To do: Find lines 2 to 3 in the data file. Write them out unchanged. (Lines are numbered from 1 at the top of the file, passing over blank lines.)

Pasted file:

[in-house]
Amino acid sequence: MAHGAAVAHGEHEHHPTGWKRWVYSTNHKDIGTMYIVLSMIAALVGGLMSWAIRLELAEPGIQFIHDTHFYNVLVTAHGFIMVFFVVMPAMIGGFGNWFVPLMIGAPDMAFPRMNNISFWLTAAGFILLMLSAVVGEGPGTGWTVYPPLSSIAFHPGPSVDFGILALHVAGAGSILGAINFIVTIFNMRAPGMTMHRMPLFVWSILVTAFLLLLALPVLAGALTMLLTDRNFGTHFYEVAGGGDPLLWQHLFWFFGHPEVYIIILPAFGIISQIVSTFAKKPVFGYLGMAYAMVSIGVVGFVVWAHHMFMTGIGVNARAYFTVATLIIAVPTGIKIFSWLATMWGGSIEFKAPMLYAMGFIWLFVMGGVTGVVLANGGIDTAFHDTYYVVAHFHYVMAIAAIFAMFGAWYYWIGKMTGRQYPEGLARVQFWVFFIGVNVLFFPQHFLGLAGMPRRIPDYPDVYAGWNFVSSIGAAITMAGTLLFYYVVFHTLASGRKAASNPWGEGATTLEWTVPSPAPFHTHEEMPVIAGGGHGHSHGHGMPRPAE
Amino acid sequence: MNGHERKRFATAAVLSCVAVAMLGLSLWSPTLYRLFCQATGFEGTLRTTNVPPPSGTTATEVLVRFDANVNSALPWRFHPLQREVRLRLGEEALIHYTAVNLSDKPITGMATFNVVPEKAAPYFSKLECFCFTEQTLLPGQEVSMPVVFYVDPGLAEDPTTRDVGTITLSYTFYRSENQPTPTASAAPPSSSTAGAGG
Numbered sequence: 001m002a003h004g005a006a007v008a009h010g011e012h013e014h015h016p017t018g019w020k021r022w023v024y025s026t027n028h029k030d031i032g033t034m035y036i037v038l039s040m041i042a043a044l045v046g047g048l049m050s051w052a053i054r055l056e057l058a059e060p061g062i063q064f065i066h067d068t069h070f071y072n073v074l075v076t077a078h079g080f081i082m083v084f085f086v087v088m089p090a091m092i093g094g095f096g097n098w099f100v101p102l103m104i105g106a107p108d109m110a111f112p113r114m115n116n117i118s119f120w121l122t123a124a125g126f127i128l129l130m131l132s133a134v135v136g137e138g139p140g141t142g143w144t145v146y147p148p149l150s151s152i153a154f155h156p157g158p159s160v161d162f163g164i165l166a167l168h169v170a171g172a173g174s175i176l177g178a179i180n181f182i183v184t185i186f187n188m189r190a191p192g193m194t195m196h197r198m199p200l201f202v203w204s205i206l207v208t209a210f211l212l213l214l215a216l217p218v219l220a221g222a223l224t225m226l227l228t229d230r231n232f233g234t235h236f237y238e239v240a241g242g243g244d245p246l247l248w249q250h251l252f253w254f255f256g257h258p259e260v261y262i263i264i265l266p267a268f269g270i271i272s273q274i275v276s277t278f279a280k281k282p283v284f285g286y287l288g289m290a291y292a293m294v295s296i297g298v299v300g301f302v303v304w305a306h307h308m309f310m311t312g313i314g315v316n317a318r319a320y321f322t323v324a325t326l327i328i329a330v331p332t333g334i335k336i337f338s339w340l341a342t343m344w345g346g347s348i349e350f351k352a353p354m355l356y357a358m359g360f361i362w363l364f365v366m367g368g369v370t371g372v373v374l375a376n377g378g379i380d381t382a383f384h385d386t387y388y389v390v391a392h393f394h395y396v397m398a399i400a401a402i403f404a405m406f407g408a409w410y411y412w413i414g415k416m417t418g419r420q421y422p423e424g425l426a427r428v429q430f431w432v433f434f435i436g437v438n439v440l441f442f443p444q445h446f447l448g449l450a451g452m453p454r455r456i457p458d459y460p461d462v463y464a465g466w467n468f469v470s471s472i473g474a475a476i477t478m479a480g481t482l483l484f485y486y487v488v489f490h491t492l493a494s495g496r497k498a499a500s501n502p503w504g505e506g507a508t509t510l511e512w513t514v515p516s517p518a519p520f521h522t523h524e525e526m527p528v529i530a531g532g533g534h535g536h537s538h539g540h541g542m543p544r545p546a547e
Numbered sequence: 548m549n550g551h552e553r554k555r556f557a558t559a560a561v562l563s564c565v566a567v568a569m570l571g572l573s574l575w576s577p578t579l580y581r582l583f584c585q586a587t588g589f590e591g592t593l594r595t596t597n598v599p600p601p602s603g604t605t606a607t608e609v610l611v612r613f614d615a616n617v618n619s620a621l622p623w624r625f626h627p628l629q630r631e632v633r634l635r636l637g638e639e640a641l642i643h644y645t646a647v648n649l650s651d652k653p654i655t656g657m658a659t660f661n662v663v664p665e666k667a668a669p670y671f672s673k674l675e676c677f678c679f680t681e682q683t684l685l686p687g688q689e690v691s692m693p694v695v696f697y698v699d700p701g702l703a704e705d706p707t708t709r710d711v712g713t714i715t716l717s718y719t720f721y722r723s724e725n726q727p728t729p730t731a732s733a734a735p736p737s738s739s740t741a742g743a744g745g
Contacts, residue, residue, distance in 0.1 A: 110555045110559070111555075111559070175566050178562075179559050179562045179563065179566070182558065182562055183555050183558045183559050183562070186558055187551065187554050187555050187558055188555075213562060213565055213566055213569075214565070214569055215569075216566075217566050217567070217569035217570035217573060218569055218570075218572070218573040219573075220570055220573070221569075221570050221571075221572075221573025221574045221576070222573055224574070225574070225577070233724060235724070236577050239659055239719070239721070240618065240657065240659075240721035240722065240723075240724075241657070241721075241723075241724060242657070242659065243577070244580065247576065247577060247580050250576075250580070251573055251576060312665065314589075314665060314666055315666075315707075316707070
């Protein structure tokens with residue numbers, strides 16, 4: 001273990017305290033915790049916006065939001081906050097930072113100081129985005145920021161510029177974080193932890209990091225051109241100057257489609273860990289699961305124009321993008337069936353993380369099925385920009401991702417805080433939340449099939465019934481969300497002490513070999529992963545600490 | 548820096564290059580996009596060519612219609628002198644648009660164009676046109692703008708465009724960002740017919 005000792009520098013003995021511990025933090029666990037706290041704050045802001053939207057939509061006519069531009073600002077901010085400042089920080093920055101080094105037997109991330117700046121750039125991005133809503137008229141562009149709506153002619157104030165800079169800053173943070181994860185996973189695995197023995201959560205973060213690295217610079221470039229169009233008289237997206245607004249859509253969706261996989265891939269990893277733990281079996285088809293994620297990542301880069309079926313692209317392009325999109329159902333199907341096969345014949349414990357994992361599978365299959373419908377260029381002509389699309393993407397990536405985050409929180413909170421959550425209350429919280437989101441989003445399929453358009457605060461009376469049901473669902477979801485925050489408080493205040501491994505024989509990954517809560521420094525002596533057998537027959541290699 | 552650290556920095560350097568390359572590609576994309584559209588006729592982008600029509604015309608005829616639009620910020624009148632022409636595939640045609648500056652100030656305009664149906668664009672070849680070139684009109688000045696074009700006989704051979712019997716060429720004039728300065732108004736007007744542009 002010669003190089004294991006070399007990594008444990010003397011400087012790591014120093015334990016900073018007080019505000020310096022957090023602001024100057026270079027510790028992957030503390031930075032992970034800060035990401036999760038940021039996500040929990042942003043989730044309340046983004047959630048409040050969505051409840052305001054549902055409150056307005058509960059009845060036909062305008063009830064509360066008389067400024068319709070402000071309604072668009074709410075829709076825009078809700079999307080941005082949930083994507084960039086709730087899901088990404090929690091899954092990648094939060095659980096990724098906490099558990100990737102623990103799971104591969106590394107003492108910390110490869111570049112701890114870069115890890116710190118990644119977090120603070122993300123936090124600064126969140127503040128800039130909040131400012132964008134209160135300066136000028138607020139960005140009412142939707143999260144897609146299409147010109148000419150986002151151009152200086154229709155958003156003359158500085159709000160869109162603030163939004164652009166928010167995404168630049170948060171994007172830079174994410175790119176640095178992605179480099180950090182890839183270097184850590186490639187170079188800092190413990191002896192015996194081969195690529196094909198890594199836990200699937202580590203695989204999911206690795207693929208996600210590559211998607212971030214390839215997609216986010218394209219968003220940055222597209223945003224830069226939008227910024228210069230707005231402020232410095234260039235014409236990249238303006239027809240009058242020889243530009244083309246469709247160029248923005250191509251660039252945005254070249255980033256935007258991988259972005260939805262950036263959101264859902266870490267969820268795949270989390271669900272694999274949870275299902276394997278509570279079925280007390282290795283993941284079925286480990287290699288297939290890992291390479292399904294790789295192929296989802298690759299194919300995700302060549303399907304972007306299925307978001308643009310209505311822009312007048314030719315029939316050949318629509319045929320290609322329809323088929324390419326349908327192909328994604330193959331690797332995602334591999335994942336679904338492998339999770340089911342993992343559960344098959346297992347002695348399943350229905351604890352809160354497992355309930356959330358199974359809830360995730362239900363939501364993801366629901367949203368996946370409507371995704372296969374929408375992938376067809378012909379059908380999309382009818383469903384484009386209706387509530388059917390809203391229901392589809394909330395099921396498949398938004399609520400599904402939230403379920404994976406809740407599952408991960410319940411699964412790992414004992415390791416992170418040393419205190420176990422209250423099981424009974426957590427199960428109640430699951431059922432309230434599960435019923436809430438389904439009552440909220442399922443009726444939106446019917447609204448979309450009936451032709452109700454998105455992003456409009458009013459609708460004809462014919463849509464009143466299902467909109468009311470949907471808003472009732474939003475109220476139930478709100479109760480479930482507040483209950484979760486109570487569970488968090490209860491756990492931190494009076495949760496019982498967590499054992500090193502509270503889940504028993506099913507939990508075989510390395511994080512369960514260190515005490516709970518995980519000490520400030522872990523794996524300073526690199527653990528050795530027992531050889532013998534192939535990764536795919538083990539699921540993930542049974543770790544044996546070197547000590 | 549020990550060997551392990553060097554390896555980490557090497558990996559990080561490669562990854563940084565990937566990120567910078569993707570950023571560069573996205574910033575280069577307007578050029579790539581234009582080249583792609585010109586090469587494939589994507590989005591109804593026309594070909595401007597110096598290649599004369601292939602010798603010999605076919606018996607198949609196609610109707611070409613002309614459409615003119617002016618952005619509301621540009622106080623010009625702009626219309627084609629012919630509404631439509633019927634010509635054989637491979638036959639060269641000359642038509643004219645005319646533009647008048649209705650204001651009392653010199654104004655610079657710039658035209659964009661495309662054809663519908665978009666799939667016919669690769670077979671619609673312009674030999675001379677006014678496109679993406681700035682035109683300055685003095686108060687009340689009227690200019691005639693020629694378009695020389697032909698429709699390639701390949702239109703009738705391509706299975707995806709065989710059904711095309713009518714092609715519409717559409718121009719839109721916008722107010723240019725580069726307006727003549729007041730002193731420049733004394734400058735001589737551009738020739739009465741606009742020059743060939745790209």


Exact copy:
Amino acid sequence: MAHGAAVAHGEHEHHPTGWKRWVYSTNHKDIGTMYIVLSMIAALVGGLMSWAIRLELAEPGIQFIHDTHFYNVLVTAHGFIMVFFVVMPAMIGGFGNWFVPLMIGAPDMAFPRMNNISFWLTAAGFILLMLSAVVGEGPGTGWTVYPPLSSIAFHPGPSVDFGILALHVAGAGSILGAINFIVTIFNMRAPGMTMHRMPLFVWSILVTAFLLLLALPVLAGALTMLLTDRNFGTHFYEVAGGGDPLLWQHLFWFFGHPEVYIIILPAFGIISQIVSTFAKKPVFGYLGMAYAMVSIGVVGFVVWAHHMFMTGIGVNARAYFTVATLIIAVPTGIKIFSWLATMWGGSIEFKAPMLYAMGFIWLFVMGGVTGVVLANGGIDTAFHDTYYVVAHFHYVMAIAAIFAMFGAWYYWIGKMTGRQYPEGLARVQFWVFFIGVNVLFFPQHFLGLAGMPRRIPDYPDVYAGWNFVSSIGAAITMAGTLLFYYVVFHTLASGRKAASNPWGEGATTLEWTVPSPAPFHTHEEMPVIAGGGHGHSHGHGMPRPAE
Amino acid sequence: MNGHERKRFATAAVLSCVAVAMLGLSLWSPTLYRLFCQATGFEGTLRTTNVPPPSGTTATEVLVRFDANVNSALPWRFHPLQREVRLRLGEEALIHYTAVNLSDKPITGMATFNVVPEKAAPYFSKLECFCFTEQTLLPGQEVSMPVVFYVDPGLAEDPTTRDVGTITLSYTFYRSENQPTPTASAAPPSSSTAGAGG